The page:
'Assaulted: Civil Rights Under Fire,' an NRA Love Letter

Ted Nugent, poster boy for America’s gun-loving crowd - COURTESY PHOTO
Courtesy photo
Ted Nugent, poster boy for America’s gun-loving crowd

Once and for all, here’s the meaning of “the right to keep and bear arms.”

“They’re mine, you can’t have them, and I got some on me right now — and they’re loaded.”

Yes, that’s Ted Nugent speaking on Assaulted: Civil Rights Under Fire, a Kris Koenig-directed documentary funded through Kickstarter and opening June 20 independently (in San Antonio, it will be at Santikos Northwest 14 Thursday through Sunday).

“You have the right to own a gun, and I have the right to not own a gun and still feel safe in our society,” says another man, an opponent to unregulated guns. But, in spite of its efforts to present itself as an “objective” take on the issue, Assaulted implicitly claims that “Second Amendment rights” are worth anyone’s death.

The film deliberately touches a nerve using footage from Katrina- and Rodney King-era lootings as examples of people defending themselves (or who could’ve defended themselves) with guns, but says very little about accidental weapon discharges or good samaritans missing their target during a shootout. Sentimental images of the original “We the People” page of the U.S. Constitution flash on the screen repeatedly, and the whole film perpetuates the idea that, if given the chance, the government will take all your guns, not just assault and semi-automatic ones.

Fox News footage of New Orleans resident Patricia Konie, an elderly lady attacked and injured by a California Highway Patrol officer who was assisting after Katrina and took her gun, and the similar plights of those whose weapons were confiscated in the hurricane’s aftermath, are shown as proof that not only could the government take your guns — it already has.

In all cases, gun owners are portrayed as “responsible” and straight-faced talking heads claim that “gun crimes are actually down” in this country, as if that was reason enough to dismiss Columbine or Newtown as aberrations, and that the Second Amendment should be interpreted as an unavoidable principle meant to allow most anyone to easily buy a gun, even if that means some idiot will murder a kid in school. Needless to say, there is virtually zero time devoted to the low crime rates in countries with strong gun laws (it’s not about saving lives, it’s about “freedom,” you fool), and the movie’s main message is that not only would it be unconstitutional to limit gun ownership in America, but useless. The usual argument is repeated here: criminals will always have guns, one way or another.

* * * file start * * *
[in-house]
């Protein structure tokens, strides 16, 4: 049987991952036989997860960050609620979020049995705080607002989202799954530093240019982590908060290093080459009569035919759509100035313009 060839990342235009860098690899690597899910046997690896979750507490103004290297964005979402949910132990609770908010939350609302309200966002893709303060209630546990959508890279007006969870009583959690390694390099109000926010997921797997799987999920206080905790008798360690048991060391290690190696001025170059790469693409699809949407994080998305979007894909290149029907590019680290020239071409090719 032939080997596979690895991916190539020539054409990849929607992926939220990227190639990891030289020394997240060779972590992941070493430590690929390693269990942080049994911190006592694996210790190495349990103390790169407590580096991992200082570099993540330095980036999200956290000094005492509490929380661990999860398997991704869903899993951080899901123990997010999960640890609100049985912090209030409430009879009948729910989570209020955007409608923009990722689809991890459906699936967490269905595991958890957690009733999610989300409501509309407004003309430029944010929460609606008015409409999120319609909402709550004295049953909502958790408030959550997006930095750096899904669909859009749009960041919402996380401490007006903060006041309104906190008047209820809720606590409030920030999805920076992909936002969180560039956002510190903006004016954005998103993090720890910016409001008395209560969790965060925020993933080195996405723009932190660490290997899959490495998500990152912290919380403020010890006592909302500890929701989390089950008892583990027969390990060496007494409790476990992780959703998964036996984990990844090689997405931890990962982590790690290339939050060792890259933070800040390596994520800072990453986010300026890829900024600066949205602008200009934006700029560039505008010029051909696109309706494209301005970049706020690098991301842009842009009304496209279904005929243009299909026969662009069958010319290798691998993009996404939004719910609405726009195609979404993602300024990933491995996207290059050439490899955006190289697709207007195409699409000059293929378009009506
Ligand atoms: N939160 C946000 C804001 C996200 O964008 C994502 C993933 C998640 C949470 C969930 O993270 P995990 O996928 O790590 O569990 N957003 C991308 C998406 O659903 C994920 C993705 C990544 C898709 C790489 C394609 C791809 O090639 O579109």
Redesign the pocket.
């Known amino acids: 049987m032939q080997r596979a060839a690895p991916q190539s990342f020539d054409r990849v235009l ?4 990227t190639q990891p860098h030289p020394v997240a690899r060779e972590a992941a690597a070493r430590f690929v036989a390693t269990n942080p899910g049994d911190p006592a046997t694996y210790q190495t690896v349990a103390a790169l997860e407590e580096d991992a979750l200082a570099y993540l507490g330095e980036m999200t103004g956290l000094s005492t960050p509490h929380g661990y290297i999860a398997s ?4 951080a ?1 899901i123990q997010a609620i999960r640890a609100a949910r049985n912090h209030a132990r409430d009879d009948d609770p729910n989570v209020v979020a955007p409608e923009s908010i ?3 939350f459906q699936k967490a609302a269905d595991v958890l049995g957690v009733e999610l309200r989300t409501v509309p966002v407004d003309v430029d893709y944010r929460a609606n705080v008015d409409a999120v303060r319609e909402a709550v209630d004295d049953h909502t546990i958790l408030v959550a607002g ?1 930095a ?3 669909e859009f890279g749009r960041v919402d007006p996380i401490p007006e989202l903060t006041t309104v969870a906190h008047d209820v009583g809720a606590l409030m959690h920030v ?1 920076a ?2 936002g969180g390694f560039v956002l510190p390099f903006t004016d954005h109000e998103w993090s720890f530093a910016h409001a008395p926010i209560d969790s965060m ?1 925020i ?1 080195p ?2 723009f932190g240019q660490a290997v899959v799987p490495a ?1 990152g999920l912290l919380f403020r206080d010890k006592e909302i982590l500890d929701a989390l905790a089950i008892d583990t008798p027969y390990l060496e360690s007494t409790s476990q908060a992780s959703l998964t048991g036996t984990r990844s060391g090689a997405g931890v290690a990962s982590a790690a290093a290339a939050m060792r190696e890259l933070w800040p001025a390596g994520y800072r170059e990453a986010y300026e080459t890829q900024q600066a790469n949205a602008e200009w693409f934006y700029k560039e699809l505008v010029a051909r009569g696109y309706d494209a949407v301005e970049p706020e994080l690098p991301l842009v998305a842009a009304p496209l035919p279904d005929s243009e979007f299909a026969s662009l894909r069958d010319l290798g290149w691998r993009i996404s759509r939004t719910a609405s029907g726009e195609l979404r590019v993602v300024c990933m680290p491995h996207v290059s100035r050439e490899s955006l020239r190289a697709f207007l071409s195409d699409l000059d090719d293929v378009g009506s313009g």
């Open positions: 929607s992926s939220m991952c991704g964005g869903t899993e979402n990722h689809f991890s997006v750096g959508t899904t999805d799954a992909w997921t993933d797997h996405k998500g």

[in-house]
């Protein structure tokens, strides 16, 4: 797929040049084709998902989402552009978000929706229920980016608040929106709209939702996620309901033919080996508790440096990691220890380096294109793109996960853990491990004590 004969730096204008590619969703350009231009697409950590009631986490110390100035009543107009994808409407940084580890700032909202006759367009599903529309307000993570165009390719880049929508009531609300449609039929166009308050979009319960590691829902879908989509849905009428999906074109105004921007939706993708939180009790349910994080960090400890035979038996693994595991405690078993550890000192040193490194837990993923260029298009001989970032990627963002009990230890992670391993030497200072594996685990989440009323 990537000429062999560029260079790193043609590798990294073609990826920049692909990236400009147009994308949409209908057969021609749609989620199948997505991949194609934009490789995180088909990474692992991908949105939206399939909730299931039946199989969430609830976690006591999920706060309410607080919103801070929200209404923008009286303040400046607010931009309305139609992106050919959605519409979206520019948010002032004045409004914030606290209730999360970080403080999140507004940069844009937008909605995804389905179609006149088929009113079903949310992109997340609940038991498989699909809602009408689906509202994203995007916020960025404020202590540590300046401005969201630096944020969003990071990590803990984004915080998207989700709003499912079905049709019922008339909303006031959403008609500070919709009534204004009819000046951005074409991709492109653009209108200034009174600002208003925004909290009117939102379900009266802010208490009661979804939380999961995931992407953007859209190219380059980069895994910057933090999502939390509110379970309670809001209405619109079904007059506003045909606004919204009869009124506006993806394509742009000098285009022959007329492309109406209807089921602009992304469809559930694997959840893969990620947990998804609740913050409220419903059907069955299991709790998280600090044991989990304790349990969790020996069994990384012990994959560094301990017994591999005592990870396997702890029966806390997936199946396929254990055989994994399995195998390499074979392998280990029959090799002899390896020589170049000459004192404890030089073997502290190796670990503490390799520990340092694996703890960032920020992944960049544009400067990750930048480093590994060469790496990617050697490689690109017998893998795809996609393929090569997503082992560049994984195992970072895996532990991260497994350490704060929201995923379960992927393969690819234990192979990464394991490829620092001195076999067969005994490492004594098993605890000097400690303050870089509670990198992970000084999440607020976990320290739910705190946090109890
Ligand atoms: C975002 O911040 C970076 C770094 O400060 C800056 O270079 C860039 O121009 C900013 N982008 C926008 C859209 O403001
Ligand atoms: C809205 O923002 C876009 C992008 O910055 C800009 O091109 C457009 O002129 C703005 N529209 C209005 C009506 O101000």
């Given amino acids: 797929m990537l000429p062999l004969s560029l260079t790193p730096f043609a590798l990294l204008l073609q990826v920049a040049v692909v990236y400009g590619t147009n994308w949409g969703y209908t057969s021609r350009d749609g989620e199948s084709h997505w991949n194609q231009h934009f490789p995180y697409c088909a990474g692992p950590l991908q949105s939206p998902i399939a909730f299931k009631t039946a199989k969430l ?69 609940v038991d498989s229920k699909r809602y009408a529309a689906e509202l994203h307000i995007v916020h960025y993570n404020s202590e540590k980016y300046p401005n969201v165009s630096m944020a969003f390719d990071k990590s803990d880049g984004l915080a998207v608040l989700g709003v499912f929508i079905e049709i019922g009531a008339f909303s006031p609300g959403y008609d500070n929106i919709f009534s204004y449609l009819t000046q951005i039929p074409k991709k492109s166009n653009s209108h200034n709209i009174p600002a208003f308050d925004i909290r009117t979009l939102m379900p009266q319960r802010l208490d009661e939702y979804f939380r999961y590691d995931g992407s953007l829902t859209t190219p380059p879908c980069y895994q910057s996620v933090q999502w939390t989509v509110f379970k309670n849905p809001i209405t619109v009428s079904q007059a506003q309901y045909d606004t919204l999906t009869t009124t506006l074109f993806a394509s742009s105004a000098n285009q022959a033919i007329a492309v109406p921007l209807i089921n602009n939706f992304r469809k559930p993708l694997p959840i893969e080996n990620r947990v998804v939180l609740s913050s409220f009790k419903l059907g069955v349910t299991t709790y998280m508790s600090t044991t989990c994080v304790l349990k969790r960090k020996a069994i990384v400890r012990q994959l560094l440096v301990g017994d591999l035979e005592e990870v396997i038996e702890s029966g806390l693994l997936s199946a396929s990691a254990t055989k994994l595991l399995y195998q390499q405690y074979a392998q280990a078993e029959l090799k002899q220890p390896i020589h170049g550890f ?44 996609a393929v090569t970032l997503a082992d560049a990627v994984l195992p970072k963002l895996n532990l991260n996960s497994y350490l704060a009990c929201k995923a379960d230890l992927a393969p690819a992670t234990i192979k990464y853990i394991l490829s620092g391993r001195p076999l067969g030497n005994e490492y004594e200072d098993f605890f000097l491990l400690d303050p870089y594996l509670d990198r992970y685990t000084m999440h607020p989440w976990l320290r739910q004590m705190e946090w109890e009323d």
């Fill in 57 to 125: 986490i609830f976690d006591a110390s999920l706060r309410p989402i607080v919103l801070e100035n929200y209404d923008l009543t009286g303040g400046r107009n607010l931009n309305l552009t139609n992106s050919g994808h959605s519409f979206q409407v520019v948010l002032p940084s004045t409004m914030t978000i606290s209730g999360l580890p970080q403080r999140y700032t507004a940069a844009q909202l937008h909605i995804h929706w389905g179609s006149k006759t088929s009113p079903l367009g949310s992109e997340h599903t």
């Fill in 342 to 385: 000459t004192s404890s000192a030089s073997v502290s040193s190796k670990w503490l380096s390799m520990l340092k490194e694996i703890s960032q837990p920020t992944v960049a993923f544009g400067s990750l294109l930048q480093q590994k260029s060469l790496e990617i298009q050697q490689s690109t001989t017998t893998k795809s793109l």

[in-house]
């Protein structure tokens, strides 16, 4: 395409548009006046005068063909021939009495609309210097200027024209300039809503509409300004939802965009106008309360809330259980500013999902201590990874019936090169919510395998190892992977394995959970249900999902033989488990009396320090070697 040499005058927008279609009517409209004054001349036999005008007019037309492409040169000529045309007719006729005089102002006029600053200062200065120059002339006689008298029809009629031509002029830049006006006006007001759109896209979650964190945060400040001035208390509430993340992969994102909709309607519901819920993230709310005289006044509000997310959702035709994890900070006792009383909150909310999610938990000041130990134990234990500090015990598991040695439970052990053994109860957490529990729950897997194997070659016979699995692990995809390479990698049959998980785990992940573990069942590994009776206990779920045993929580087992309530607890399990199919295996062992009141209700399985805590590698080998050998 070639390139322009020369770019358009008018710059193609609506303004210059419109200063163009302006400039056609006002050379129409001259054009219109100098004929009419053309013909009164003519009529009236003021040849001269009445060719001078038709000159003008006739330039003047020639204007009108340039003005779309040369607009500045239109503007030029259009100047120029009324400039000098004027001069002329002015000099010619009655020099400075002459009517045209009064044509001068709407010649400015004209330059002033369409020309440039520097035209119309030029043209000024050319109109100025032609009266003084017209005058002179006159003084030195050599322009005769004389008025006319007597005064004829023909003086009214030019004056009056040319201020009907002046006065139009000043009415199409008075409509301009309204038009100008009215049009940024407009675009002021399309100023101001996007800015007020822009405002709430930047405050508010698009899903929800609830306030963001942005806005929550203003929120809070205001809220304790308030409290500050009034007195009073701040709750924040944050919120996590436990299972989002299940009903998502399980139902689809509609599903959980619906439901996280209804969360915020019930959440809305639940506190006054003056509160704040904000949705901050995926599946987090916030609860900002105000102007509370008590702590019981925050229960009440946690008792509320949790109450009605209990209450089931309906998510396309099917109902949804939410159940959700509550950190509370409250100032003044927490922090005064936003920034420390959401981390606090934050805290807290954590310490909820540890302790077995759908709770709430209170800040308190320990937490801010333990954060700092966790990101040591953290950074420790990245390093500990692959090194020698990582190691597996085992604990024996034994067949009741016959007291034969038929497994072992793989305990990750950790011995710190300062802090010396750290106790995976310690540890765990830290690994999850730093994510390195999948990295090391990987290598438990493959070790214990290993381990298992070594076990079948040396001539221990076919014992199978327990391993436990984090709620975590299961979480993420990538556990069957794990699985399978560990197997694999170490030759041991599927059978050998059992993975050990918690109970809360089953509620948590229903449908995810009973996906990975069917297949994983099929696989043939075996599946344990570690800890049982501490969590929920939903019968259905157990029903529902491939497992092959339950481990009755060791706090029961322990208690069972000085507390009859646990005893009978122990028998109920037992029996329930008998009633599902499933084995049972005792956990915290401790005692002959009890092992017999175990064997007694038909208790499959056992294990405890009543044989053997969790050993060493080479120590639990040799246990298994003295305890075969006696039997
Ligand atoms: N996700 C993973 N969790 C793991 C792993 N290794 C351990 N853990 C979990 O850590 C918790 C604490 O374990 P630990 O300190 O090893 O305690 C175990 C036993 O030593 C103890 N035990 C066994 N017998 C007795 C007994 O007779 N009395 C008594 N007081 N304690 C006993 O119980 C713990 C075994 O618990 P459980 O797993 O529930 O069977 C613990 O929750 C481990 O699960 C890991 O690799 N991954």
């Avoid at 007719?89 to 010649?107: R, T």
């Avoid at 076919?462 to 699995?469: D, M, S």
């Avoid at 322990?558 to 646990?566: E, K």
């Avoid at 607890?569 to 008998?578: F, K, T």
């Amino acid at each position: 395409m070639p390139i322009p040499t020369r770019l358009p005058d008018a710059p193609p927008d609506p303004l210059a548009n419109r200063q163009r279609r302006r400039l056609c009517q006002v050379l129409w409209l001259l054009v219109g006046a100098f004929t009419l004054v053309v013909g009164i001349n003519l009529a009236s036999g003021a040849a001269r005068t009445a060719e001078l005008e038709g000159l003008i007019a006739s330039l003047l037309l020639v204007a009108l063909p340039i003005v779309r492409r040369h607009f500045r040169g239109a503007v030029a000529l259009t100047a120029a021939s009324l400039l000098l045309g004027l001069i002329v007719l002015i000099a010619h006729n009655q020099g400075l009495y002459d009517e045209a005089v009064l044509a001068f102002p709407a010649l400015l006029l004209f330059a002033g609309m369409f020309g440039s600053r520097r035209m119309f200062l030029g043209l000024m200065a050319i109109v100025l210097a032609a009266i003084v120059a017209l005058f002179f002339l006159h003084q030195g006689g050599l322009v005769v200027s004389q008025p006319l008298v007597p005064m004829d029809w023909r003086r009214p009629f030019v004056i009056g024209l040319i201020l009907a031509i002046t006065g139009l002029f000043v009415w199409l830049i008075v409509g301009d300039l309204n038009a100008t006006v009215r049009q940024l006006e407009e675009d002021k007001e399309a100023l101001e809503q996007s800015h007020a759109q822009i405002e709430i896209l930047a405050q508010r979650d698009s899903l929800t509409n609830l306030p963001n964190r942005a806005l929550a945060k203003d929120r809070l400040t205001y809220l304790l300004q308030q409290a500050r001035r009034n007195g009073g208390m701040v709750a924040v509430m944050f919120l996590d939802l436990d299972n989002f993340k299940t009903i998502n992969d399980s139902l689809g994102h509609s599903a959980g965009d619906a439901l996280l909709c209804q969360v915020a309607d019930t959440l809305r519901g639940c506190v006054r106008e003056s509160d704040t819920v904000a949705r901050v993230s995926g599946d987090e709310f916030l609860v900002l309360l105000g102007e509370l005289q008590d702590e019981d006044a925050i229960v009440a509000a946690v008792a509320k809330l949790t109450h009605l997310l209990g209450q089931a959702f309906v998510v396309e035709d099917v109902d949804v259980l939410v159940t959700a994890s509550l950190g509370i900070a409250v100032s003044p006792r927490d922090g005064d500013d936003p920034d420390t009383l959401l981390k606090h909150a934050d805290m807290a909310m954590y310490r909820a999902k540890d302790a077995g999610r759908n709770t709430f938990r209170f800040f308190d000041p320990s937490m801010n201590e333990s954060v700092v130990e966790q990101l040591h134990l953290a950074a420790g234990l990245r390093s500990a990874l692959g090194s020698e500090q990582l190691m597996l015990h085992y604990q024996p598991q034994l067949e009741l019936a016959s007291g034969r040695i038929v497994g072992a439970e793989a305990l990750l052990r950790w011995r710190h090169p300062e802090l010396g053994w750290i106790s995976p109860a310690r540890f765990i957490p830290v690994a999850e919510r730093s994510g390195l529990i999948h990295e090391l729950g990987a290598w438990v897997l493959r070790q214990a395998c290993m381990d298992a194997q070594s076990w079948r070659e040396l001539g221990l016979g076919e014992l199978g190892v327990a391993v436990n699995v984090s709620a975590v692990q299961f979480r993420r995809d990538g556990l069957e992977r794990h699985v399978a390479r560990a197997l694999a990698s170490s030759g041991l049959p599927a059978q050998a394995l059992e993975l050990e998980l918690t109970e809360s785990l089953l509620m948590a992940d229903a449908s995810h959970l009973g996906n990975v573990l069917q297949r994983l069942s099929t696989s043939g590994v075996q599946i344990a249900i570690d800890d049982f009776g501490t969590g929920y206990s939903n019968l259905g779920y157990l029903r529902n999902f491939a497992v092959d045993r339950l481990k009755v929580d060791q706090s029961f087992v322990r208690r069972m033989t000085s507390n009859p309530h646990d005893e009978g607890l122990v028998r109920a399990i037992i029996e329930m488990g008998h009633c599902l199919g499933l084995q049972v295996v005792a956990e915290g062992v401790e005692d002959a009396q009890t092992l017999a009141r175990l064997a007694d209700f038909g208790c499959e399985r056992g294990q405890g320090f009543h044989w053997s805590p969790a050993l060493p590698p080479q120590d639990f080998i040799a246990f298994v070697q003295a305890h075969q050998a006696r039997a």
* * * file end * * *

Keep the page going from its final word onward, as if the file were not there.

But to dismiss the movie in its entirety would be a mistake, since it raises interesting points about the origins of the Second Amendment (it was a way to keep blacks and other minorities under control by not allowing them to arm themselves, an aspect seldom mentioned by Second Amendment preachers), and, on the flipside, convincingly describes guns as “the great equalizer,” giving women and the elderly a chance to be on equal terms with an attacker. What it does not do: persuade the audience that a simple pistol is not enough — you need a machine gun. The debate continues and the movie will only fully please those with a strong pro-gun ownership position, a group that could earn new converts out of the undecided bunch.

No matter which way you look at it, the real choice is simple and has always been the same: it is a choice between limiting civil rights in the name of public safety or risking the latter in the name of the former.

Some think the risk of losing a life (even if it’s a child’s) is the price you pay for “freedom.” Some of us are not so sure.

Assaulted: Civil Rights Under Fire

Writ. and dir. Kris Koenig; narrated by Ice-T (PG-13)


5-7pm Thu-Sun, June 20-23
Santikos Northwest 14
7600 I-10 West
(866) 420-8626

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